Anu had started this month with a Dev Anand film—and I, following suit, decided I would review a relatively little-known Dev Anand film too, to begin August. But, while Anu’s kept up the Dev Anand theme all through August, I’ve meandered off in different directions, all the way from The Rickshaw Man to jeep songs. But solidarity among friends counts for something, doesn’t it? So here I am back again, with another Dev Anand film. The sort of film that, on the surface, looks like it’s got everything going for it: a suave Dev Anand opposite a very beautiful Waheeda Rehman (who, along with Nutan, was, I feel, one of Dev Anand’s best co-stars as far as chemistry is concerned). SD Burman’s music. Suspense. Some good cinematography.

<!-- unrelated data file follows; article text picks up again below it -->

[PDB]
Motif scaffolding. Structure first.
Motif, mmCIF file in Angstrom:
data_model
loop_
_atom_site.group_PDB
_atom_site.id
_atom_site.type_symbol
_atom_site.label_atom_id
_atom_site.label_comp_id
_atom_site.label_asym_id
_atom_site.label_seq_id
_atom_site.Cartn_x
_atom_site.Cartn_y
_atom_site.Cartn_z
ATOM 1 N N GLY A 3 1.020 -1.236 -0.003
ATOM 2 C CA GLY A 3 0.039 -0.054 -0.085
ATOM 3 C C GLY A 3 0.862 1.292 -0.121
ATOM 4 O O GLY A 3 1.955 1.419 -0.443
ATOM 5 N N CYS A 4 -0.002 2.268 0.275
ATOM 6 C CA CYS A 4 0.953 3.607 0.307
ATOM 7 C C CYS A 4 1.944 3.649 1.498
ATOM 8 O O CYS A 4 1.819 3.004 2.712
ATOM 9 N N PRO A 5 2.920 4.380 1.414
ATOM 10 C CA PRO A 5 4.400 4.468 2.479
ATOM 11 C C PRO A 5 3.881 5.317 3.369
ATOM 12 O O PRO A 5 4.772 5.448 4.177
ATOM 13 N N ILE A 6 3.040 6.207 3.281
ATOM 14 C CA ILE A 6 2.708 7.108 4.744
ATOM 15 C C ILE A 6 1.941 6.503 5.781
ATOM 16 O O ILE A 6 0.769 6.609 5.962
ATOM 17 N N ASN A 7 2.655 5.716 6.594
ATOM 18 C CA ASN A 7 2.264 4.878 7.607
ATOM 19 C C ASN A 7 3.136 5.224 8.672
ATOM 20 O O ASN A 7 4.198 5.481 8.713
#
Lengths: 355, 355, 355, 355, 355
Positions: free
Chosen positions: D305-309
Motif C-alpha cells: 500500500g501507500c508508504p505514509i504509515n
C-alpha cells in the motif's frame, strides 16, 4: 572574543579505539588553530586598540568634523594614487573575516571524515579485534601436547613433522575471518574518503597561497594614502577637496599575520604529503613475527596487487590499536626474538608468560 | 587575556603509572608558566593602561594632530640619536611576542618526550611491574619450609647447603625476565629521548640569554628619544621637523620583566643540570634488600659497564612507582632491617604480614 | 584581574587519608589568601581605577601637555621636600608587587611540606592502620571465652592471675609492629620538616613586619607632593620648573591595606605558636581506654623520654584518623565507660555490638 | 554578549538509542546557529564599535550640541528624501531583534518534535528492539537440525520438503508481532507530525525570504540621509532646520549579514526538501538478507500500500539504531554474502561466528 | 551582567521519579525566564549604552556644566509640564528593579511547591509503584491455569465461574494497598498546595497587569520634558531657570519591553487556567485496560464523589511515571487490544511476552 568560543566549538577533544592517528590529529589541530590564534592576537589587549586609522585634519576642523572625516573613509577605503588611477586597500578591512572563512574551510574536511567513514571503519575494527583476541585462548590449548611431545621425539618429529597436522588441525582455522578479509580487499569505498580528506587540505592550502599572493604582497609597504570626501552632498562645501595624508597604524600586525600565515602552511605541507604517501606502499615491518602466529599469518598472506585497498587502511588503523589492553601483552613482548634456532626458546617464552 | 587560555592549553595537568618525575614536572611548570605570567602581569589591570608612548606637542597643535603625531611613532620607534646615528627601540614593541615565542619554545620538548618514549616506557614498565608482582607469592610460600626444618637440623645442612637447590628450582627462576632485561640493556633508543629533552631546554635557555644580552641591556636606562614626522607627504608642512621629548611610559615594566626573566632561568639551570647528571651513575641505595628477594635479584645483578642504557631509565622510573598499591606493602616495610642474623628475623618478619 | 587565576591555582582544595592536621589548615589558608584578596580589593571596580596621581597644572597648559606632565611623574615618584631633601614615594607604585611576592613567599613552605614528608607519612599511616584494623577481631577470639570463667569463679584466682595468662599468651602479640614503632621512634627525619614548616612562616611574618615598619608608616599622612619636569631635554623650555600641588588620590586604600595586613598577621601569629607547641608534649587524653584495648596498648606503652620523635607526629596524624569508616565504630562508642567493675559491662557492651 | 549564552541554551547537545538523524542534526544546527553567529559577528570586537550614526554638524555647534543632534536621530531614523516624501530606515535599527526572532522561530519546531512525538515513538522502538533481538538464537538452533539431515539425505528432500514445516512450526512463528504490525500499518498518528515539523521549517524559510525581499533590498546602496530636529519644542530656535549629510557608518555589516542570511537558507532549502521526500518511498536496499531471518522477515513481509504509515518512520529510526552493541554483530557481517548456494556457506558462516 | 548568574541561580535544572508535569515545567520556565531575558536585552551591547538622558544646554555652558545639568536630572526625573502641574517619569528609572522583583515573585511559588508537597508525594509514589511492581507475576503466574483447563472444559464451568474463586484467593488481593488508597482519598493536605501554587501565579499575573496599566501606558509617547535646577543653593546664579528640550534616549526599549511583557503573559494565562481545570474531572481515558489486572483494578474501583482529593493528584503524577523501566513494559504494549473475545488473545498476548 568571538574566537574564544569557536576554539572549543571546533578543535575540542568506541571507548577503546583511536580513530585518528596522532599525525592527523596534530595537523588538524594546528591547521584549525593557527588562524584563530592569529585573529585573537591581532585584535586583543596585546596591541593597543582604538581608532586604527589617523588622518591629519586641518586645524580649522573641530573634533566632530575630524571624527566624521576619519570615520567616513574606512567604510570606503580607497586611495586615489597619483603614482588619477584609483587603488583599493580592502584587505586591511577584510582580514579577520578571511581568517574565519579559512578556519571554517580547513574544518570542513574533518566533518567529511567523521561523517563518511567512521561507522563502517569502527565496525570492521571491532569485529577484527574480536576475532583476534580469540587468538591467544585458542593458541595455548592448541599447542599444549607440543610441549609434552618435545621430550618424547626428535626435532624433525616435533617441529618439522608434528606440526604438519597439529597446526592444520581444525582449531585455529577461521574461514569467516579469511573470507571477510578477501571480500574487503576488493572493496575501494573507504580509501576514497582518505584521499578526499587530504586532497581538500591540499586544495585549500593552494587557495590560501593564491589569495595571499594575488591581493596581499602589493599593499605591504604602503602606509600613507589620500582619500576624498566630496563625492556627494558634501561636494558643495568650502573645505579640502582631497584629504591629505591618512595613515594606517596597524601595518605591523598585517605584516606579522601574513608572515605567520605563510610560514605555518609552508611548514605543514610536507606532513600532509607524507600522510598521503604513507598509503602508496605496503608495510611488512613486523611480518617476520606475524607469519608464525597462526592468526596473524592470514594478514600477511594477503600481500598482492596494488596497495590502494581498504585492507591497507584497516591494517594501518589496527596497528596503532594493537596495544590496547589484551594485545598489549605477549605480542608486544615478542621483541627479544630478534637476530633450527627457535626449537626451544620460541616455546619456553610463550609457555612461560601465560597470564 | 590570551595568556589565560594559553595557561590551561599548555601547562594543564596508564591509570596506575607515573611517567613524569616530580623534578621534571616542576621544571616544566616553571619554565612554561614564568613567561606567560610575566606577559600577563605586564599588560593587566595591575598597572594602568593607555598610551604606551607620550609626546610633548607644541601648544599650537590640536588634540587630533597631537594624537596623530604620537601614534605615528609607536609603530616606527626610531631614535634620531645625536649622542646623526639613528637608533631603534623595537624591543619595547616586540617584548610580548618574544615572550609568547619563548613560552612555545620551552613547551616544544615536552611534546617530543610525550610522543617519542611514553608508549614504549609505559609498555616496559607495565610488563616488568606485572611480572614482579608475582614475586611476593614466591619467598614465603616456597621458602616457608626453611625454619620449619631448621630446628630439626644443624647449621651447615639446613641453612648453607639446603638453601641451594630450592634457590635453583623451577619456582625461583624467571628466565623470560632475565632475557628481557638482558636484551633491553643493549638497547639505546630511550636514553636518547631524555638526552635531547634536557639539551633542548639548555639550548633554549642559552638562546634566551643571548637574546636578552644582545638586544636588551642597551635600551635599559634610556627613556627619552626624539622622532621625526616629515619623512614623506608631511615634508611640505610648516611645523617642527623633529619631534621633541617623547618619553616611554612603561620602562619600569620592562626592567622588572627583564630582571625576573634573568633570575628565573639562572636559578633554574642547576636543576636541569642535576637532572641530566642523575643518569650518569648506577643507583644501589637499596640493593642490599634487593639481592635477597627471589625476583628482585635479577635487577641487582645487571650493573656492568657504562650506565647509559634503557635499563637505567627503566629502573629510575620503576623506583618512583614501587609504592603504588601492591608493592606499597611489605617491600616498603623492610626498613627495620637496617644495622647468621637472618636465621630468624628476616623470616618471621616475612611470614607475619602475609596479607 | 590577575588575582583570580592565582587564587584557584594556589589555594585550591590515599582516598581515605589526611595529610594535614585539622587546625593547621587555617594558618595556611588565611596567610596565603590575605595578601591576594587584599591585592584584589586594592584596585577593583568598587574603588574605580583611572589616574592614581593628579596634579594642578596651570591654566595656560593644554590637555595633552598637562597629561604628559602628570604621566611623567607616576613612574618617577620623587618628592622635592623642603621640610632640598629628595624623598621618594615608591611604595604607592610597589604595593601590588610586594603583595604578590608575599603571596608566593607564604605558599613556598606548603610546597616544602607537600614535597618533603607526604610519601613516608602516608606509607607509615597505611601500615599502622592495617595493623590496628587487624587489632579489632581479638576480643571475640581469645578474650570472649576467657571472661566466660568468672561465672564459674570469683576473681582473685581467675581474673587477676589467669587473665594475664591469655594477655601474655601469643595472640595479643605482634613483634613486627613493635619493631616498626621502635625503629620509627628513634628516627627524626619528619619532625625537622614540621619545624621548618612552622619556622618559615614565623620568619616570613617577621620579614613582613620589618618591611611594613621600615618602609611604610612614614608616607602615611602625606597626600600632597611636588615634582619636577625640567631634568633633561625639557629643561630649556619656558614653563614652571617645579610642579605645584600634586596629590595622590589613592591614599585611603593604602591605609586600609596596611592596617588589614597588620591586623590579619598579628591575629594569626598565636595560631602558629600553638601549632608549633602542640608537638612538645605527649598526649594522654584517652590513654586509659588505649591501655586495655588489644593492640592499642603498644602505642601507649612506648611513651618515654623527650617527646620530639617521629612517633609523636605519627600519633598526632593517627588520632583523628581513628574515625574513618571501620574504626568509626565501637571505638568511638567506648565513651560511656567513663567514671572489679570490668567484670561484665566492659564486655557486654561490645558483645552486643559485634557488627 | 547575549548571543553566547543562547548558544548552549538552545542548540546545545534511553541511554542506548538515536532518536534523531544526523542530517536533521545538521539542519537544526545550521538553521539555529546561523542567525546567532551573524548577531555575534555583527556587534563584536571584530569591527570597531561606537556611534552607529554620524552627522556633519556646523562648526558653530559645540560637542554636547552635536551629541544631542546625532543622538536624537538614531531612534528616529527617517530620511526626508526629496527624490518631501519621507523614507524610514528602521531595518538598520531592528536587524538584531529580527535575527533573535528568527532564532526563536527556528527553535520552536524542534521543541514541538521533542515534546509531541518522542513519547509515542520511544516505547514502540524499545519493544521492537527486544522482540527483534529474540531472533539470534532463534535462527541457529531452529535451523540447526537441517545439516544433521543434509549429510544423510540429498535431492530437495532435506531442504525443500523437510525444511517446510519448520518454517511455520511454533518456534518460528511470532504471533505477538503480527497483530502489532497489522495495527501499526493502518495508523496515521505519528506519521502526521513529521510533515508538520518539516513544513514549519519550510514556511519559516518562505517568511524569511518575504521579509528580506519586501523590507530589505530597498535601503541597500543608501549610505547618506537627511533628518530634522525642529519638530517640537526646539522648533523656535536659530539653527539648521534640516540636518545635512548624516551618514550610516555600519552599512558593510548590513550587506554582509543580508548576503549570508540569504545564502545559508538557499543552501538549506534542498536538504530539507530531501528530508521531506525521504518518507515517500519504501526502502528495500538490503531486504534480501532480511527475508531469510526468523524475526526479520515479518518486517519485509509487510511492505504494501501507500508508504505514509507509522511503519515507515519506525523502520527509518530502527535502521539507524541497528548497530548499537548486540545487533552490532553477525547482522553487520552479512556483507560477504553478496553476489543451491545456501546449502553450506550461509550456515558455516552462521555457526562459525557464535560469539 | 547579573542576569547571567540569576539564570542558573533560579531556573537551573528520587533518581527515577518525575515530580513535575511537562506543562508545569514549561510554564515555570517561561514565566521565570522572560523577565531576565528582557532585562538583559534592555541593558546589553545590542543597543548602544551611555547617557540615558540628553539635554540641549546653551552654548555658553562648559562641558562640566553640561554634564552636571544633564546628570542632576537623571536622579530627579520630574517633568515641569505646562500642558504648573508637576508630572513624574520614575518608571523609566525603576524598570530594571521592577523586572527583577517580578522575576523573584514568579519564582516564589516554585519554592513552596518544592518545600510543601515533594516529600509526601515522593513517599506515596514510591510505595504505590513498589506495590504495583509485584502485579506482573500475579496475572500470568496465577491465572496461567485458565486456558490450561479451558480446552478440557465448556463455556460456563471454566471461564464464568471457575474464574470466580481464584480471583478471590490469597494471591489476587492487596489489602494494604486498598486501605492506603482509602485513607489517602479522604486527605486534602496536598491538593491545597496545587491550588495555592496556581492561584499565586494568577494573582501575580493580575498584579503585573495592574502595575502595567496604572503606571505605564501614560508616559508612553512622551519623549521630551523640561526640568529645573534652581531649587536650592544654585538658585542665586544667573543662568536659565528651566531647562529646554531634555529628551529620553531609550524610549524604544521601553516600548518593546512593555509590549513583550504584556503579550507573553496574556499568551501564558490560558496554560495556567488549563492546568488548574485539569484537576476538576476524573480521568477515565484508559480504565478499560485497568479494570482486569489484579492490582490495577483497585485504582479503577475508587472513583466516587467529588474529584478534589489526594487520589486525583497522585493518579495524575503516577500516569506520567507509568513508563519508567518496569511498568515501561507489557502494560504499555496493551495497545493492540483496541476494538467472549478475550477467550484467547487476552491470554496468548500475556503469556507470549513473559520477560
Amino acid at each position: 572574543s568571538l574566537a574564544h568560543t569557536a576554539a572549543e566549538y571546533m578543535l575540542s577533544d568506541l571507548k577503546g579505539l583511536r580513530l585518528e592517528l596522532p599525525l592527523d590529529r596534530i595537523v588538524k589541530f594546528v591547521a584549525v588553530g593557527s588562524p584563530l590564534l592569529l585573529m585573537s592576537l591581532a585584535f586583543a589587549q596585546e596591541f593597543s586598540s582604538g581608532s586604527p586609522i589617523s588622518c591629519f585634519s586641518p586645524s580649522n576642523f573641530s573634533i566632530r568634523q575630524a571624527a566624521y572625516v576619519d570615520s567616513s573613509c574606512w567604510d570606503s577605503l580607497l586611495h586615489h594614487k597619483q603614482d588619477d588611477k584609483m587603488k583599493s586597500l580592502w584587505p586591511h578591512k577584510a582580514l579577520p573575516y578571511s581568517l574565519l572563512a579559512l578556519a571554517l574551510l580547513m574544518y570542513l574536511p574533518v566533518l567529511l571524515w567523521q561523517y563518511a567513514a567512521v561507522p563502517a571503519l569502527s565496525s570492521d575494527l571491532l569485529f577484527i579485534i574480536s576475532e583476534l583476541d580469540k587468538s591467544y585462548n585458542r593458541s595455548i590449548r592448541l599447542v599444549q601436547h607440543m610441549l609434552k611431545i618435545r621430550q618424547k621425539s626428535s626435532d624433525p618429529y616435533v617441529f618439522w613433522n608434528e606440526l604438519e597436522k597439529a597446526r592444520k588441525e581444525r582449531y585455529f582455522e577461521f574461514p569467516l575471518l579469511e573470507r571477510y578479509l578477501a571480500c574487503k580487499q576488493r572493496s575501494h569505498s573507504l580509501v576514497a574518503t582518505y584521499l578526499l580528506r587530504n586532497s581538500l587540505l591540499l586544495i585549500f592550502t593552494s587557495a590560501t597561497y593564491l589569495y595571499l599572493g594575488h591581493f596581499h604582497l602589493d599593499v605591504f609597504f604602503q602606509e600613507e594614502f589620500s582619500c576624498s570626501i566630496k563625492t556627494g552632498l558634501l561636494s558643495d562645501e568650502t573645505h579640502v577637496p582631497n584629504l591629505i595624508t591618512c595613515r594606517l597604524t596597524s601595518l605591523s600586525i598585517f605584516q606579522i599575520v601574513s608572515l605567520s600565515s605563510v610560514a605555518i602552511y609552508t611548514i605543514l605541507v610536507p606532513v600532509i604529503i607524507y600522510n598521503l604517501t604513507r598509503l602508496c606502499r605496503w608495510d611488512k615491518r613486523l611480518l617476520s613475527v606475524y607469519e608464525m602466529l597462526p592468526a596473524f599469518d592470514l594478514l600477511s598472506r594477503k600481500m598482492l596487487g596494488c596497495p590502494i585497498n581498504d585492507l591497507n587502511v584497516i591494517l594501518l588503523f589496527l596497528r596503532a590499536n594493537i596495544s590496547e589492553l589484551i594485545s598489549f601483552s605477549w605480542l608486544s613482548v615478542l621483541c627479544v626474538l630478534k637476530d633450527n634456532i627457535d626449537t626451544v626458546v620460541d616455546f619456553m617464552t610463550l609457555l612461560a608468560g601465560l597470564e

I had no particular film review or song list in mind for this week, but when Anu declared August Dev Anand month over at her blog, and Harini reviewed Duniya, I saw a bandwagon that I liked—and decided to jump on to it. With a film that reminds me of Duniya in some ways: Dev Anand, late 60s, suspense.
I hadn’t heard of this version of the Mahabharat till a few days back (not, of course, that the existence of this film is surprising; given Hindi cinema’s love for mythology, there was bound to be at least one version of this epic floating about). Then, commenting on my jewellery songs post, blog reader Afsal posted a song from Mahabharat, and mentioned part of the cast: Pradeep Kumar as Arjun. Dara Singh as Bheem. Padmini as Draupadi. And good songs.